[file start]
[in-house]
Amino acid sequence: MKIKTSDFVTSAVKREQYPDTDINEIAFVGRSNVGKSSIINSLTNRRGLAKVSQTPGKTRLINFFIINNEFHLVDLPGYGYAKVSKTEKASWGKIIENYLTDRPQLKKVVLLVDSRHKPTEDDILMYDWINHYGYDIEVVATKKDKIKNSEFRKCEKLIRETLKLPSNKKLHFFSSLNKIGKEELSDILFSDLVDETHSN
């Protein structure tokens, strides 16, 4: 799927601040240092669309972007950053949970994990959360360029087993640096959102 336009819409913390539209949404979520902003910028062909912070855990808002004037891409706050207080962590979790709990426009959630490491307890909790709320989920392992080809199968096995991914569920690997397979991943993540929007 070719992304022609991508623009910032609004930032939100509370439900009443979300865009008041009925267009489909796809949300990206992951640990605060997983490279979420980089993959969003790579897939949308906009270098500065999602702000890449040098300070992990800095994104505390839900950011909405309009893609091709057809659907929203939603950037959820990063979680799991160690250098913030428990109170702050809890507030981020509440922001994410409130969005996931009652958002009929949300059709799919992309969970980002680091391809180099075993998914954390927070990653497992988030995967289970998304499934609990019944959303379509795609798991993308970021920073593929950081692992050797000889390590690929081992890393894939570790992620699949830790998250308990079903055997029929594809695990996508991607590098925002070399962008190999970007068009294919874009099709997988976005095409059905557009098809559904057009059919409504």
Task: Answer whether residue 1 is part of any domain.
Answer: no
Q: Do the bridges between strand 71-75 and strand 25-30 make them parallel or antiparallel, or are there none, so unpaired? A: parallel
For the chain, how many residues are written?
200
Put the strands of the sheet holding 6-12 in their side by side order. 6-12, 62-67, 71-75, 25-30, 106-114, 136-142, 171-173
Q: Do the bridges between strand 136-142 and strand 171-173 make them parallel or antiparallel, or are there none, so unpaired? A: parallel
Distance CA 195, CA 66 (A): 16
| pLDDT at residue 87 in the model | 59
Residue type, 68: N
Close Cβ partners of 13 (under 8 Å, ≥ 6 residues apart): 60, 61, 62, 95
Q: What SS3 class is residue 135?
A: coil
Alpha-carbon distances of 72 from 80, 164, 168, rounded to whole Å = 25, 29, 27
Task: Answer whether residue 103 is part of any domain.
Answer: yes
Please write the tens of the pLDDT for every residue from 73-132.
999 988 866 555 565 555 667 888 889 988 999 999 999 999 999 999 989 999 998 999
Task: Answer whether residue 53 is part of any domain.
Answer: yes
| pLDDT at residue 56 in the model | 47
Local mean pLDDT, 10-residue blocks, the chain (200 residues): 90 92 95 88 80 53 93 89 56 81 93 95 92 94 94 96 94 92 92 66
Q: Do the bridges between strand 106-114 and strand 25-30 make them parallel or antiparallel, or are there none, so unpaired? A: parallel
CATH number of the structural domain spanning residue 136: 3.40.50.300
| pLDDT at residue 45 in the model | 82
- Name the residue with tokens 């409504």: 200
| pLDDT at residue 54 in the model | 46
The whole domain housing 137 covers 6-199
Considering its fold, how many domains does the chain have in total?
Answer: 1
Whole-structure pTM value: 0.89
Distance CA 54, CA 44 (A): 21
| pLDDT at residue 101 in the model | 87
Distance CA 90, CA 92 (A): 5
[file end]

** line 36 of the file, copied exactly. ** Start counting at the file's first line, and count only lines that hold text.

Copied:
| pLDDT at residue 101 in the model | 87